All the above demonstrates the Government's commitment to enhancing the telecommunications infrastructure so as to provide an efficient backbone for cross-media broadcasting services. I am confident that our effort will support AVIA members to adopt the latest technologies and assist the industry to unleash new business opportunities in the 5G era.
Technology aside, another key driver for video infotainment is quality content. Customers nowadays have a wide array of choices and they only select the best.
As a world-class metropolis where East meets West and with such cultural diversity, Hong Kong is a natural ground for nurturing creativity. The HKSAR Government values the development of creative industries, the new drivers for Hong Kong's economy. Earlier this year, the Government injected a sum of HK$1 billion in one go into the CreateSmart Initiative (CSI), which is dedicated funding used to support specific creative sectors, including design, TV, music, etc, to launch events or programmes in talent nurturing, market development and fostering a creative atmosphere in the community.
The CSI is administered by an office, Create Hong Kong, which is under the Commerce and Economic Development Bureau and is the lead sponsor of this summit. Indeed, since 2010, we have been sponsoring small and medium-sized enterprises and local tertiary students to attend previous CASBAA Conventions.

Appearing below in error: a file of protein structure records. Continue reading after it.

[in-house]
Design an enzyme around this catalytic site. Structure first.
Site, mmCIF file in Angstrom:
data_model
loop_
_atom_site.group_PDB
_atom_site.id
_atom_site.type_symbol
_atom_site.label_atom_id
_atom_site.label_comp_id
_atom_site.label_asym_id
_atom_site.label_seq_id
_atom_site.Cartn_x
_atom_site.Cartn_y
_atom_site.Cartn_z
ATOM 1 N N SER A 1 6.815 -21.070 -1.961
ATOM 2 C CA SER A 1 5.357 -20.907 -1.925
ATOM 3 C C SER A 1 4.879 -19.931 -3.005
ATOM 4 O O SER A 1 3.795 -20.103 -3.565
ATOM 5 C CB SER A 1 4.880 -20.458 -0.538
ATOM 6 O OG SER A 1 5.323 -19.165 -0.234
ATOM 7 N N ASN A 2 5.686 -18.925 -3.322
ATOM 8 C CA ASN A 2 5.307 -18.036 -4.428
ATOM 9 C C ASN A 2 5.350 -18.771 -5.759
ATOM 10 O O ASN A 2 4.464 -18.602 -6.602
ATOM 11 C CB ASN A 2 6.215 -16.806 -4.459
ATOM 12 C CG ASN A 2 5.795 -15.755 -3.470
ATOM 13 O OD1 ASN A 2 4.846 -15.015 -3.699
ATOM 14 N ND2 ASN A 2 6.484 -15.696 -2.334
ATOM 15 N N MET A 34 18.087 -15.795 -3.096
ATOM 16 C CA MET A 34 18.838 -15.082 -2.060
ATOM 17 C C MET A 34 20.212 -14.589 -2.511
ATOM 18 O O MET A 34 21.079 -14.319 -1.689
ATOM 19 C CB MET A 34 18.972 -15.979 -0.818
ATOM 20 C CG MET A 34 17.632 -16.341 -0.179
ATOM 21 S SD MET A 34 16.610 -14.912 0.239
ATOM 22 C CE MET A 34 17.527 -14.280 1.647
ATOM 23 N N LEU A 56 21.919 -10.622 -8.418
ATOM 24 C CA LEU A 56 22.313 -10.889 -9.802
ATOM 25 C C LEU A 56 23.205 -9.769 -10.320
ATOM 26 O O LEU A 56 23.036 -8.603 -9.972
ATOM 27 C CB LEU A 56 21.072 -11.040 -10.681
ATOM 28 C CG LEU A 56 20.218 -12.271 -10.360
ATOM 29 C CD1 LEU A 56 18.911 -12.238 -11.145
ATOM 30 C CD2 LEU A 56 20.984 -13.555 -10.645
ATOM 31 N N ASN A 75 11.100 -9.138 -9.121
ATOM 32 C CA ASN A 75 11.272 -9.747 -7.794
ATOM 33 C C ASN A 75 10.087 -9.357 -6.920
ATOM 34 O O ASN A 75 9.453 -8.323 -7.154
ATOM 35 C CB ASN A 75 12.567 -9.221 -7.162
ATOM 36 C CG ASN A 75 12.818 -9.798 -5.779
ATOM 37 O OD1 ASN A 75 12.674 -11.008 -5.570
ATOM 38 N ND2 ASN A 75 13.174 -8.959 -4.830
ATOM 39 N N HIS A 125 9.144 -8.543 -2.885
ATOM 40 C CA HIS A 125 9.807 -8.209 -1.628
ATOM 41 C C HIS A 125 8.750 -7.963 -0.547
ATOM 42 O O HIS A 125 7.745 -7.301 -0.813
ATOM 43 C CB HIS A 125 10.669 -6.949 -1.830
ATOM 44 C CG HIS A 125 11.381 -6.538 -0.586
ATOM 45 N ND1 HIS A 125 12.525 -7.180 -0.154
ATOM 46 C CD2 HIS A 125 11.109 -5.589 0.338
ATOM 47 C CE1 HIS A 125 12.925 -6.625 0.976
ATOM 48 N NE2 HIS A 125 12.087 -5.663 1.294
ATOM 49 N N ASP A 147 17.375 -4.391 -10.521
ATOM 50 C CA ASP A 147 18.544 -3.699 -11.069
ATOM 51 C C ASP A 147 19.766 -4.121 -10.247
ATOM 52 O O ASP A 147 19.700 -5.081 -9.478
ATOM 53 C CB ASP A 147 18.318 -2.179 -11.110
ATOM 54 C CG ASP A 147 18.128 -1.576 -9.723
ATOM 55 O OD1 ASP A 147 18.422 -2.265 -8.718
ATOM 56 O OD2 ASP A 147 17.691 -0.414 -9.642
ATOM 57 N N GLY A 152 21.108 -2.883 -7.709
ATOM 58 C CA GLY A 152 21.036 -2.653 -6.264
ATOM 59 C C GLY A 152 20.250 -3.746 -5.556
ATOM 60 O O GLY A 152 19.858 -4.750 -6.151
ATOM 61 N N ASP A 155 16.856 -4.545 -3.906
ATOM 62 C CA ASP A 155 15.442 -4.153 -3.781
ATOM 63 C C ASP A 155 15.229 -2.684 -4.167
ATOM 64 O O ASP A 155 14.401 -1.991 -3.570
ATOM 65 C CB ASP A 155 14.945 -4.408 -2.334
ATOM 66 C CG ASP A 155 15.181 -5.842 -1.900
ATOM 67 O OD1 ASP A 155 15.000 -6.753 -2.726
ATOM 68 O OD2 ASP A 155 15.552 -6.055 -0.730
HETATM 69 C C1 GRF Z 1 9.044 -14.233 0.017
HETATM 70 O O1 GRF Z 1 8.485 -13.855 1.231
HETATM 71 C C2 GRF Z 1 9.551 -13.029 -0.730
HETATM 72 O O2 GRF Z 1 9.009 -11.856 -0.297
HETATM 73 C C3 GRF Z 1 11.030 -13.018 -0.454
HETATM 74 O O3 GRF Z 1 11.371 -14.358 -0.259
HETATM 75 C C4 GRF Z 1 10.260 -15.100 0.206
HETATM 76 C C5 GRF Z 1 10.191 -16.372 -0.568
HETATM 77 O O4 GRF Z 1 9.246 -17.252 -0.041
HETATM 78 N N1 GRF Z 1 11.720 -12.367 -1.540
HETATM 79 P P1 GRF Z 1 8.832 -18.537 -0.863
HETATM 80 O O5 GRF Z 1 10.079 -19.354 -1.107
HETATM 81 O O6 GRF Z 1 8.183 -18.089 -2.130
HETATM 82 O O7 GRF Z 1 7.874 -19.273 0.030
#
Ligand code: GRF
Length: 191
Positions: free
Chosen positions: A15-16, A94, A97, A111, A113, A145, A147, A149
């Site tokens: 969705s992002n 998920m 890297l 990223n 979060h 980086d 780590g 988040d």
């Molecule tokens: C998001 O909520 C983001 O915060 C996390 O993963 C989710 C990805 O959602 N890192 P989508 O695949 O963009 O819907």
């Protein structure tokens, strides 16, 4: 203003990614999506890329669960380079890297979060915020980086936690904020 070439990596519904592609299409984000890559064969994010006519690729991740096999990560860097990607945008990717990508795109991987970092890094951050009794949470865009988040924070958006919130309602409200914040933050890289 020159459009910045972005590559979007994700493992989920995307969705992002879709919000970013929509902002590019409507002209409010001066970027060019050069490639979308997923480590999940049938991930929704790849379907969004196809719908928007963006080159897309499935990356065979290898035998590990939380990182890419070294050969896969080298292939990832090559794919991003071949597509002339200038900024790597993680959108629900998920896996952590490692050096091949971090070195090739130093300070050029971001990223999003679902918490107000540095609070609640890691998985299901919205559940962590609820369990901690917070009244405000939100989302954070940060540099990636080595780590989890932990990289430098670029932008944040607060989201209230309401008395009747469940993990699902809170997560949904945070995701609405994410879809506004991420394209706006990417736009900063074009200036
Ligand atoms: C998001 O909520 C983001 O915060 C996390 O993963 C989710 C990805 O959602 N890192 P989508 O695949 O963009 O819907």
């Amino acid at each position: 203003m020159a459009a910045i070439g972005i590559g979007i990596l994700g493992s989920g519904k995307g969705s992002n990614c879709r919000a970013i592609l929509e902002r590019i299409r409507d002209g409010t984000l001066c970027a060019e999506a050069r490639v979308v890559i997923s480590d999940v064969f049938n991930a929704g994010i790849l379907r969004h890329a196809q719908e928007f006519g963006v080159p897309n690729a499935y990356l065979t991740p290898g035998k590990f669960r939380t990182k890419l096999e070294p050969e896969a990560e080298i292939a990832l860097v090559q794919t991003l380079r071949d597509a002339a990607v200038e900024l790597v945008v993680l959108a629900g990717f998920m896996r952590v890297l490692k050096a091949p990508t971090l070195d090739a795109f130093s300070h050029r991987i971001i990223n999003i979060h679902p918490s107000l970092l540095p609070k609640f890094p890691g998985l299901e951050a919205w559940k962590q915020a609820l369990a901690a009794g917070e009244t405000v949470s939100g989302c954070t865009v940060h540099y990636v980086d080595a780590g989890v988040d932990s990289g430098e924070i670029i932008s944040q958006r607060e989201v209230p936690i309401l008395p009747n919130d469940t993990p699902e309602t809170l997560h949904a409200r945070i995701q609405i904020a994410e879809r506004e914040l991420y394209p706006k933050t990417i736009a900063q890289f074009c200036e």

The CSI does not cover the film industry, which is supported through another form of dedicated government funding, the Film Development Fund, or FDF. Since 2005, we have injected a total of HK$540 million into the FDF to promote the long-term development of Hong Kong's film industry. The FDF has achieved heartening results - 50 film production projects and 200 other film-related projects supported by the Fund have so far groomed some 50 new directors and producers and scooped more than 110 local and international awards. The Chief Executive Mrs Lam has just announced in her 2018 Policy Address the plan to inject HK$1 billion into the FDF to support the development of the film industry. One of the initiatives is to groom our talents by equipping them with skills for film productions of different lengths and genres for broadcast on multimedia platforms.
Looking ahead, the emergence of online and mobile viewing platforms will further intensify the demand for quality programme content in the Mainland. On market expansion, we will continue to assist the trade to capture opportunities under the CEPA (Mainland and Hong Kong Closer Economic Partnership Arrangement) framework, where Hong Kong service providers are given preferential treatment in technical service of cable TV and the Mainland-Hong Kong film productions, as well as those arising from the Guangdong-Hong Kong-Macao Greater Bay Area development and the Belt and Road Initiative.
Ladies and gentlemen, the above is just an essence of the latest developments in our broadcasting, telecommunications and creative industries. Opportunities are always waiting for the best prepared. I am sure the Asia Video Summit, in its new form, will continue to be a superb platform bringing together experts around the world to network, exchange views and share market intelligence.
Let me wish AVIA a most successful summit. Thanks for choosing Hong Kong once again. And to all our friends from overseas, I wish you an enjoyable stay in Hong Kong.
Ends/Tuesday, October 30, 2018